School Districts 4, 12, 22 and 35 were formed in the Township and each maintained a school there for more than fifty years. The old District 12 school house served as the first polling place for Shell Creek Township. In 1926, a new school building was erected with a community room in the basement designed to house voting booths on election day. The building committee for this school was composed of: E. L. Mueller, director; George Saalfeld, moderator; Jacob Gottberg, treasurer; Adam Behle and Edward Reins. Otto Krumland of Columbus was the builder.

Teachers who taught in the District 12 school up to 1930, included: E. M. Ellis, James Con-


way, J. J. Manghan, W. H. Tedrow, who later became the county superintendent of Platte County; D. A. Cooper, Martin J. Hogan, D. W. Schaff, J. E. Conway, Margaret Dineen, Ella Dineen, Nellie Lynch, Mary Gleason, Albert Cramer, John Hayes, Kittie Linnehan, Birdie Dodds, Anna O'Callaghan, Rosemary O'Callaghan, Veronica Dineen, Esther Nauenburg, Mattie Pilling, Lena Hembd, Mabel Nauenburg, Viola Gleason and Mary Welch.

The topography of Shell Creek Township is largely level upland, a large percentage of which is rich black loam. Shell Creek, which traverses the area, helps to irrigate the rolling, fertile farmland.


The Shell Creek Valley Farmers Union Local 388 was organized on June 27, 1914. The first meeting was held at the District 10 school house, with Otto Heiden as the first president and Ernest Loseke as the first secretary-treasurer.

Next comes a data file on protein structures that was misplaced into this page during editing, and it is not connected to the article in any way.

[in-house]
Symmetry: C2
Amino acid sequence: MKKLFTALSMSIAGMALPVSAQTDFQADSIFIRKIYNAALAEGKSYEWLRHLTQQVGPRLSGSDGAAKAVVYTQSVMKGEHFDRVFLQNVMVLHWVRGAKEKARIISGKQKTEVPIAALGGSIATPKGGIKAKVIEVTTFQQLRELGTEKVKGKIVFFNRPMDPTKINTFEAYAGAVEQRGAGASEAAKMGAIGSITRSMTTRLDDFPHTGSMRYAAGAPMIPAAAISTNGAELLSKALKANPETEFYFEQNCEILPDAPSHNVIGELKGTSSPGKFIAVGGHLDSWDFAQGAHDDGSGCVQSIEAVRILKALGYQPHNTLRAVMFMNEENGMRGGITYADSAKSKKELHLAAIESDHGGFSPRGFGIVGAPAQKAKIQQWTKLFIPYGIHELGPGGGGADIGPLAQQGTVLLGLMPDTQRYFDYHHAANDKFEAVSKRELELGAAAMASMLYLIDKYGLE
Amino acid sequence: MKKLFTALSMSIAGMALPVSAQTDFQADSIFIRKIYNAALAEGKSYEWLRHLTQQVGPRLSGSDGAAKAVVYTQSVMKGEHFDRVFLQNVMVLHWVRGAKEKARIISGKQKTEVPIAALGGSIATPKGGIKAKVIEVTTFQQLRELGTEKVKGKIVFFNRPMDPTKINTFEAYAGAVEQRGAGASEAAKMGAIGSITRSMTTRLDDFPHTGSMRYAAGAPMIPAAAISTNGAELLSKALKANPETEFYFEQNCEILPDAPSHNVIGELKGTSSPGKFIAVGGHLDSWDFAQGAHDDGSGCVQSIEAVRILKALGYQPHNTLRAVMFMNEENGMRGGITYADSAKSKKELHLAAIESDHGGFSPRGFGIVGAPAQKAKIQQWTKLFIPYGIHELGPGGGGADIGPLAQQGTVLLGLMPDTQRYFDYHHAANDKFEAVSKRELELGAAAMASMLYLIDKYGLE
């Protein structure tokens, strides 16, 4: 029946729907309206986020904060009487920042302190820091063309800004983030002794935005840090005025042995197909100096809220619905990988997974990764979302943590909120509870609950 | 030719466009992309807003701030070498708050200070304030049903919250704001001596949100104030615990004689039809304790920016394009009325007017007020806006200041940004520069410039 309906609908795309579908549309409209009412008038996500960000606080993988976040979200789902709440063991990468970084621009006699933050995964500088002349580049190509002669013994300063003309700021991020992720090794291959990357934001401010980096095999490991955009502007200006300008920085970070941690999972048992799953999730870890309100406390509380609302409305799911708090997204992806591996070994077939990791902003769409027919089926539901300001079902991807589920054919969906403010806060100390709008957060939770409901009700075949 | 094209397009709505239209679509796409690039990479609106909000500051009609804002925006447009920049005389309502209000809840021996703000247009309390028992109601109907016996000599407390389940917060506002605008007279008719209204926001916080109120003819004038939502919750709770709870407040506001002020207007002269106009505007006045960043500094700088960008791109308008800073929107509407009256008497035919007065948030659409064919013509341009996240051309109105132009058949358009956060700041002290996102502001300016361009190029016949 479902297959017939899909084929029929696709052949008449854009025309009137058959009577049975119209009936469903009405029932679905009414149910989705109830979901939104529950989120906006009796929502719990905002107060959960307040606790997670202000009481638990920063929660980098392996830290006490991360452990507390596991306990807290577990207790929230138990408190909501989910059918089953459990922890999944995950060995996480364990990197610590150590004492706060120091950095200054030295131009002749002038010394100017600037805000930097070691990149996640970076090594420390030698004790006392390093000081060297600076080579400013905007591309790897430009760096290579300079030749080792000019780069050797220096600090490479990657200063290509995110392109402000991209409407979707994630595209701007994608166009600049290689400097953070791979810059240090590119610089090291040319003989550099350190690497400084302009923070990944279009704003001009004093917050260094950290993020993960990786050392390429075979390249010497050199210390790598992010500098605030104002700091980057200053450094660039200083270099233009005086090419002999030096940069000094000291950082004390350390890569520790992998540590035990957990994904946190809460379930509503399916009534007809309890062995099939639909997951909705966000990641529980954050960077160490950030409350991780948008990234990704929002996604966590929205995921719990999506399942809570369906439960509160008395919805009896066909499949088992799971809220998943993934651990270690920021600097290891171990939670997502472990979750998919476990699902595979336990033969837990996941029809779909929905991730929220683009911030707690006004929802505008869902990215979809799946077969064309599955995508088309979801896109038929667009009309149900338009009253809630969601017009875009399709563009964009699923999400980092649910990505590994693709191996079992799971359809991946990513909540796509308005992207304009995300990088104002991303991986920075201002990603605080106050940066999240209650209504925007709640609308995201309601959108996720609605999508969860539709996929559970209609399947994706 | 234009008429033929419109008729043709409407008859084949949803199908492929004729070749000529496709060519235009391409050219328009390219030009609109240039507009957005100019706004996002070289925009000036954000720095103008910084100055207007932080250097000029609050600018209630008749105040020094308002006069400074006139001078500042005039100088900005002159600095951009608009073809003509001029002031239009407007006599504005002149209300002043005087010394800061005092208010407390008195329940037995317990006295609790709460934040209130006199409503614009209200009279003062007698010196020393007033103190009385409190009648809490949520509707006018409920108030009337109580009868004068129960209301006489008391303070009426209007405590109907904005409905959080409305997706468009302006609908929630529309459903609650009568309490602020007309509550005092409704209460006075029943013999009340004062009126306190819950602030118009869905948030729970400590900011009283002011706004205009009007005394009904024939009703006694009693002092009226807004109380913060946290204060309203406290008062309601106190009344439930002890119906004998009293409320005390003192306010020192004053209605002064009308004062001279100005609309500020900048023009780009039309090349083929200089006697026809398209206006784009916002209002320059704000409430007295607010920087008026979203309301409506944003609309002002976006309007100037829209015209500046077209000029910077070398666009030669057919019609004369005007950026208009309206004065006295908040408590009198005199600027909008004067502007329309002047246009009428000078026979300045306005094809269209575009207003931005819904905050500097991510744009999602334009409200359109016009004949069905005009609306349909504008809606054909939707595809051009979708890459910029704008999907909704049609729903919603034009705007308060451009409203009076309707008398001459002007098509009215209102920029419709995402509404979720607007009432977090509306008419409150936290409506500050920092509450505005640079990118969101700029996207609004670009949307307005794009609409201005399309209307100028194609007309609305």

Some of the interesting happenings in the Local throughout its first twenty-five years were told at a celebration held in Welch's Hall, on June 27, 1939. At this meeting, Edward Marks, the county president, presided, and following is an excerpt from the minutes:

"It was raining hard the night of the organization meeting, and there were not enough present to organize. However, we called on our friend and neighbor, Frank Aerni, to make the fifteenth member, which fulfilled the requirement for the issuance of the charter. Mr. Aerni had retired for the night but quickly joined the group."

As the membership grew, the members began to establish their buying power and ordered merchandise. At one of the early meetings, August Runge ordered a carload of fence posts. Each year twine was sent to Richland for the farmers, and sugar was ordered in quantities. Many times during the summer season the member driving to town would also pick up and deliver his neighbor's order.

Social gatherings were frequent among Local members, and annual picnics were held each summer. One year a Fourth of July celebration was held in the grove at the Arthur Schwank Farm. A Farmers Union store was also organized in this area.

Otto Heiden held the office of president for twenty years. He was succeeded by George Schwank, who was the president in 1939. During the first twenty-five years, the men who held the office of secretary for a term or more, included: Ernest Loseke, Emil Loseke, Roy Nauenburg, Joseph Gleason, Otto Mueller, Emil Brunken, Fred Schwank, Henry L. Cattau and Adolph Wurdeman. Adolph Mueller was the vice-president from 1914-1939, and was then succeeded by Clarence Mueller, by appointment.